I recently read about a fascinating book on a taboo subject: everyday people who break the rules for practical, everyday moral reasons.
Thousands, or even millions of ordinary people break the rules on a regular basis (often with severe career risks) simply to give someone else a chance at a decent life in the face of an unfair economy. Examples include a nurse who treats an uninsured patient, supervisors who help their employees adjust their schedules around child care, teachers who bring meals to hungry kids, or restaurant managers who allow poor employees to take leftover food home to their families.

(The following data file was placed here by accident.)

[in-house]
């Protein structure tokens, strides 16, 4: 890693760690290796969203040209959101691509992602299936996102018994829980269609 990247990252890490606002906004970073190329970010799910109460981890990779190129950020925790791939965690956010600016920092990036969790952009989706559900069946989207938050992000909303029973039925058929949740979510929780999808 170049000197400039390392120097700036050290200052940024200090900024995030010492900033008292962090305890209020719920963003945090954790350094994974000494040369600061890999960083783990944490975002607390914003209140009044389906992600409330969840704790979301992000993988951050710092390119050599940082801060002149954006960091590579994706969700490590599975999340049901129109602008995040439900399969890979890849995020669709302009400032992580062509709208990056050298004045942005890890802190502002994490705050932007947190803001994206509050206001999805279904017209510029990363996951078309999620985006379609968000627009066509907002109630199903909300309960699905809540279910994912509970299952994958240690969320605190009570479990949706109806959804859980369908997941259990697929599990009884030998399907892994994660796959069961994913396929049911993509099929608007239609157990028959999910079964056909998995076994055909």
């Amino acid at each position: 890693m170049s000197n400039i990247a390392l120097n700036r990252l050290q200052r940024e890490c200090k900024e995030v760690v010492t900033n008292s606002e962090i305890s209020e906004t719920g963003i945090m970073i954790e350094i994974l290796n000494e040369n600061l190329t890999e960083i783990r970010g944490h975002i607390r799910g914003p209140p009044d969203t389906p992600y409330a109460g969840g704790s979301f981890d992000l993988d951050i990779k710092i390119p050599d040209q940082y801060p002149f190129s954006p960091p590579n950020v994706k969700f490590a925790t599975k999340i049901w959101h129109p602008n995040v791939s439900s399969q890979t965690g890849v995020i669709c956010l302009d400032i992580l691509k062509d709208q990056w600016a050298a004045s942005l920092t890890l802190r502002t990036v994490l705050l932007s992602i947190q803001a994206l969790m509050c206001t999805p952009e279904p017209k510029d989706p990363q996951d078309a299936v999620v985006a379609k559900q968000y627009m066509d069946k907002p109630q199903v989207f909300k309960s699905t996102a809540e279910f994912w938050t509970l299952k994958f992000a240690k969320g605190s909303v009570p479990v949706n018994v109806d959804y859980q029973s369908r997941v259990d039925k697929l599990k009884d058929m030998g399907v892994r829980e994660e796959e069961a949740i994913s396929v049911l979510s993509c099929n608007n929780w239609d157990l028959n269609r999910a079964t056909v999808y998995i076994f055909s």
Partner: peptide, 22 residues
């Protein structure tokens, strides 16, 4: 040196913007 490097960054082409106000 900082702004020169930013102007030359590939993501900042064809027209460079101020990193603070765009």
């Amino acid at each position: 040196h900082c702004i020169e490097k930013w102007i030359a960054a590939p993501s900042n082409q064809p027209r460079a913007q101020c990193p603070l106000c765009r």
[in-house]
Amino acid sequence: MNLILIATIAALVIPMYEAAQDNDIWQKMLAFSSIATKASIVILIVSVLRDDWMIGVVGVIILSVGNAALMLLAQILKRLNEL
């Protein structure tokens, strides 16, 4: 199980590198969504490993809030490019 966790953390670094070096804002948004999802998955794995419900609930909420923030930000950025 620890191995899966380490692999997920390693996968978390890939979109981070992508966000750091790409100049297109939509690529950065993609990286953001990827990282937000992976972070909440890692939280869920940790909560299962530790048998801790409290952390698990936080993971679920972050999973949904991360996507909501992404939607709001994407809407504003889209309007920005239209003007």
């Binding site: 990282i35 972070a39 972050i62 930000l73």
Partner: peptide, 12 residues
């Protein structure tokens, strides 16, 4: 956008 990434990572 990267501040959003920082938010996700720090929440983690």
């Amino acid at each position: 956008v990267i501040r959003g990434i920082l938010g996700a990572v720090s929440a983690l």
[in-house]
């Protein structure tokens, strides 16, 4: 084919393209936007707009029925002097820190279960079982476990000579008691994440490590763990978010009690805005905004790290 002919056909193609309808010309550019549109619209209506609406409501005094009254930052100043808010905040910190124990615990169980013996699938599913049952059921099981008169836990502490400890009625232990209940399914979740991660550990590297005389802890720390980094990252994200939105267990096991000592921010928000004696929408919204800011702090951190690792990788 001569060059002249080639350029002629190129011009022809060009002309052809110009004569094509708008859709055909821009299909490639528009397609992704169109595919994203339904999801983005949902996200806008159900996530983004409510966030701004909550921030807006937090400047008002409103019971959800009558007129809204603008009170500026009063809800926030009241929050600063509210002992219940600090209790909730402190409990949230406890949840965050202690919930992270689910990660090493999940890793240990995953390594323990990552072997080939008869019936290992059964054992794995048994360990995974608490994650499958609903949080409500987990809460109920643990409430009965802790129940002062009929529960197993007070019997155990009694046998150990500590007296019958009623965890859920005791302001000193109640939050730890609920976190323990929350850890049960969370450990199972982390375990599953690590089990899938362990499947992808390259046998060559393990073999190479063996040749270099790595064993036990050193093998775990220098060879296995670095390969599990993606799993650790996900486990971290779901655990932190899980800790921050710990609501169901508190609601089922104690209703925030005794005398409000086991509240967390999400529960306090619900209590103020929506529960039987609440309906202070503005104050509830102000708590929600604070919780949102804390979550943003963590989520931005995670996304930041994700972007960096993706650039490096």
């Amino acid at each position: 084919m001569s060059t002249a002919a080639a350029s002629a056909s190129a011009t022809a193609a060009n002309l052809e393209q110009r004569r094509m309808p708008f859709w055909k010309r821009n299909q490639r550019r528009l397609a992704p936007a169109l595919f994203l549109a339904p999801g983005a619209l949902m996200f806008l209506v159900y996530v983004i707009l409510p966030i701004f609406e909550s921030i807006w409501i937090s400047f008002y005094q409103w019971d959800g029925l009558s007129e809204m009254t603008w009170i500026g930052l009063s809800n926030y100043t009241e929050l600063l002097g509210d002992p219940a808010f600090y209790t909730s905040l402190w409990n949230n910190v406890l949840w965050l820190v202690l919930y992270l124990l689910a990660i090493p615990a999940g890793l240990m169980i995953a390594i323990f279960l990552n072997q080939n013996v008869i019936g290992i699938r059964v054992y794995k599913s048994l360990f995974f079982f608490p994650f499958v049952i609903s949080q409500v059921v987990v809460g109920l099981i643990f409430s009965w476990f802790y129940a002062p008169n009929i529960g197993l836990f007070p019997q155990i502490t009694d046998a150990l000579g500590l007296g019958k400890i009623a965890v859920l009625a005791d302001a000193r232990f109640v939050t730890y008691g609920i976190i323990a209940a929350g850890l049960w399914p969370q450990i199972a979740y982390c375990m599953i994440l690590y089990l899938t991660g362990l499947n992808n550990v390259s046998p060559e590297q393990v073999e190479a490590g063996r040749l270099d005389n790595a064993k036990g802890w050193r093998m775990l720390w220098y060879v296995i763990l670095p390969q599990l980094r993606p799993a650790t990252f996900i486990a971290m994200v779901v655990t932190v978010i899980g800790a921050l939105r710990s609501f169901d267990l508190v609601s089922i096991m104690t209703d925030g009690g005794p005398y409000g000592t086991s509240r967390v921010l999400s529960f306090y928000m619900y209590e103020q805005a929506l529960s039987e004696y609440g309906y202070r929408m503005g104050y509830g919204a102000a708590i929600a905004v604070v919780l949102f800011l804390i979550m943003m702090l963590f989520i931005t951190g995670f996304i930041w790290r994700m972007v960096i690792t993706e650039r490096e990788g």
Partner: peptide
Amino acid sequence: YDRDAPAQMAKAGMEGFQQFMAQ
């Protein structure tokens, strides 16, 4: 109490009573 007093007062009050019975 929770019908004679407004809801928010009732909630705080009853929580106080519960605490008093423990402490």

Sound familiar? It should. “Bending the rules” and “working the system” to help people who are at a disadvantage is a very credit union-ish thing to do.
In fact, we’ve found that breaking the rules is quite common in CU-land. One of the steps in our credit union branding process involves asking CU staff to share their proudest moments of making a difference for members in an anonymous online survey. In many cases, their proudest stories involve deliberately bending or even breaking credit union rules in order to do the right thing for a member. Even very senior members of CU management fondly recall refunding fees, approving loans, staying open late, babysitting, buying lunch for members, and even helping with car or home repairs — often in violation of “the rules”.
Forming real, personal connections to members is part of what makes credit unions special. And very often, that means breaking the rules when it’s the right thing to do.